A disappointing start to the year for Danica Patrick won’t include continued conflict. Patrick met with rookie Justin Allgaier Sunday, shortly after the Phoenix Cup race after a wreck ruined both drivers’ days. Patrick, who was critical of the No. 51 car on the radio, claiming Allgaier was “driving all over the track” appeared receptive to a conversation that quickly settled differences over what will be a long season.
“She was just upset because she got involved in the crash that we had,’’ said Allgaier to the Motor Racing Network. “She says she’s been through this and that she felt like I needed to settle down at that point. I explained my position on why everything happened. I think she understood where I was coming from. It doesn’t fix either one of our racecars. It doesn’t fix either one of our days. Unfortunately, we were both having pretty decent days.’’
Allgaier wound up 30th due to the incident while Patrick was 36th. The incident, which was caused by Allgaier’s spin also involved the No. 32 team and Travis Kvapil, which wound up 38th after sustaining heavy damage.
Camping World Close to Extending Title Sponsorship of NCWTS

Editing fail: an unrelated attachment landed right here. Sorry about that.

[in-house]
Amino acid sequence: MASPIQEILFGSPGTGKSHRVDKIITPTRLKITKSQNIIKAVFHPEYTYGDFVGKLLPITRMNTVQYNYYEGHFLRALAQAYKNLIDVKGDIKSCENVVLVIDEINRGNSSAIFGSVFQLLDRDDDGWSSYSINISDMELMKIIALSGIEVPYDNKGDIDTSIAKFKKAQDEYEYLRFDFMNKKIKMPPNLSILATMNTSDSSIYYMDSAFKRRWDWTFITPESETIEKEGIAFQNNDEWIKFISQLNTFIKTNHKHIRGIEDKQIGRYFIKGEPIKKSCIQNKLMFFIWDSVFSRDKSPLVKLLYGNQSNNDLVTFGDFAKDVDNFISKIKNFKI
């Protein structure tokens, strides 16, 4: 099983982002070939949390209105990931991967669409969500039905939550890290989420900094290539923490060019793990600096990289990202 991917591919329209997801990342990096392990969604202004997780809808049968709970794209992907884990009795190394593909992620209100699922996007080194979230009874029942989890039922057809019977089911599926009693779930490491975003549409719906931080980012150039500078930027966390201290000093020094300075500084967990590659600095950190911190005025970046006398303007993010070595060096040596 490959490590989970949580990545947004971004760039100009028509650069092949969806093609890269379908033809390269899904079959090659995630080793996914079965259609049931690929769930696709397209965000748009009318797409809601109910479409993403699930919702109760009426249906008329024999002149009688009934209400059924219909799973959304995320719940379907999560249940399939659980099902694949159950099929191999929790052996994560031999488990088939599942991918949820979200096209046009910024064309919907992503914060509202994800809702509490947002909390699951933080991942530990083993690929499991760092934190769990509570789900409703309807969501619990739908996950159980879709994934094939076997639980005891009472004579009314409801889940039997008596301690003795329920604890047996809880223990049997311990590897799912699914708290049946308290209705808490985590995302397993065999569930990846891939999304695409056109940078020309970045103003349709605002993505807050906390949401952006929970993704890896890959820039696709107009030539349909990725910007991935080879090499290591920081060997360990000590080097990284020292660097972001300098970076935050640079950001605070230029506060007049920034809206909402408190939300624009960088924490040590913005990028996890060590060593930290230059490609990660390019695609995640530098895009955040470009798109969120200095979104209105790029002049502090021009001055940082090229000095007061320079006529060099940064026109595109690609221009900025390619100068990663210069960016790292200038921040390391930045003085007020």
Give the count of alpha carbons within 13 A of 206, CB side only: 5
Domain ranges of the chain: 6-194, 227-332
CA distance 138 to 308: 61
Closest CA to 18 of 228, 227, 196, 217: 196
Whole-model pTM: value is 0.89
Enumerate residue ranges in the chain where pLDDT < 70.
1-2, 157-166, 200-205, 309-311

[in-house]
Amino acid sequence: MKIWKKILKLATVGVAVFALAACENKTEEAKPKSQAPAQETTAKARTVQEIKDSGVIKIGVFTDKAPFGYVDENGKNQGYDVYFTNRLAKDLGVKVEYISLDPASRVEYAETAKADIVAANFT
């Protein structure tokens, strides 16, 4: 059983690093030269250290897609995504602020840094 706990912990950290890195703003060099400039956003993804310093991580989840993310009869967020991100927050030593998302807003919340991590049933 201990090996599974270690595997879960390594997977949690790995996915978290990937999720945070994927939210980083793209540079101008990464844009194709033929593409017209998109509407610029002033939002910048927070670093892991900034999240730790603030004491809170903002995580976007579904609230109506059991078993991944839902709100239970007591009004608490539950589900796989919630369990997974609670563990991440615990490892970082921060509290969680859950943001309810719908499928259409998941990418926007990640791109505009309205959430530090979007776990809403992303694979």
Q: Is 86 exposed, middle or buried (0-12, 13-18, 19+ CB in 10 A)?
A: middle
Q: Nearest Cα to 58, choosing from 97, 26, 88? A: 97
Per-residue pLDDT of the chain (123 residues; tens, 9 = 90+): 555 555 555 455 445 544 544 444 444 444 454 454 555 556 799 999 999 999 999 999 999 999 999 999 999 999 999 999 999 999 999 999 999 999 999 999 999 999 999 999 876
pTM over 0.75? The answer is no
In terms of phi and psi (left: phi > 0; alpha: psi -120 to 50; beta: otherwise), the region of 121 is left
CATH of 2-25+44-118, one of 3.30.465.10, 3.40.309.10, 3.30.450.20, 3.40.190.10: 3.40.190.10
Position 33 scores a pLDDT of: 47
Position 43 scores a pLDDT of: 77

posted by Frontstretch Staff
Tuesday March 4, 2014
Marcus Lemonis, CEO of Camping World, Grand Marshal of Sunday’s Sprint Cup race at Phoenix International Raceway, and star of CNBC’s “The Profit,” made the announcement over the weekend that the retailer is very close to announcing a deal that would continue its title sponsorship of NASCAR’s Truck Series. The original agreement with NASCAR is scheduled to conclude after the 2015 season.
According to the sanctioning body, no formal contract has been signed, but “the agreement between the two parties has proven to be a beneficial one.”
“In about a month, we’ll be announcing a significant extension to that contract. It’s been great for us,” said Camping World’s Lemonis in a statement. “The NASCAR relationship has worked well for Camping World. When we started, we had 35 stores. Now, we’re up to 120 stores. As we travel the country and we meet new customers in stores, they always are very appreciative of our relationship with NASCAR. It’s been good.”
Gaining a long-term commitment from Camping World to sponsor the Truck Series would be a relief for NASCAR, which is set to lose Nationwide Insurance as title sponsor for the NASCAR Nationwide Series at the end of the 2014 season. The sponsorship of the Cup Series by Sprint runs through 2016.
The NCWTS is back in action on March 29th at 2:30 PM (ET) when the trucks visit Martinsville Speedway in the Kroger 250, which can be seen on Fox Sports 1. Ratings for the season opener were up 11 percent.
Harvick Takes Win At Phoenix In Second Race With New Team
posted by Justin Tucker
Tuesday March 4, 2014
Phoenix International Raceway has become Kevin Harvick’s home away from home. Sunday Afternoon was no exception as Harvick charged to the front early and would dominate for much of the day, leading 224 of the scheduled 312 laps to record his record fifth win on the one mile oval and his third win in the last four races at Phoenix.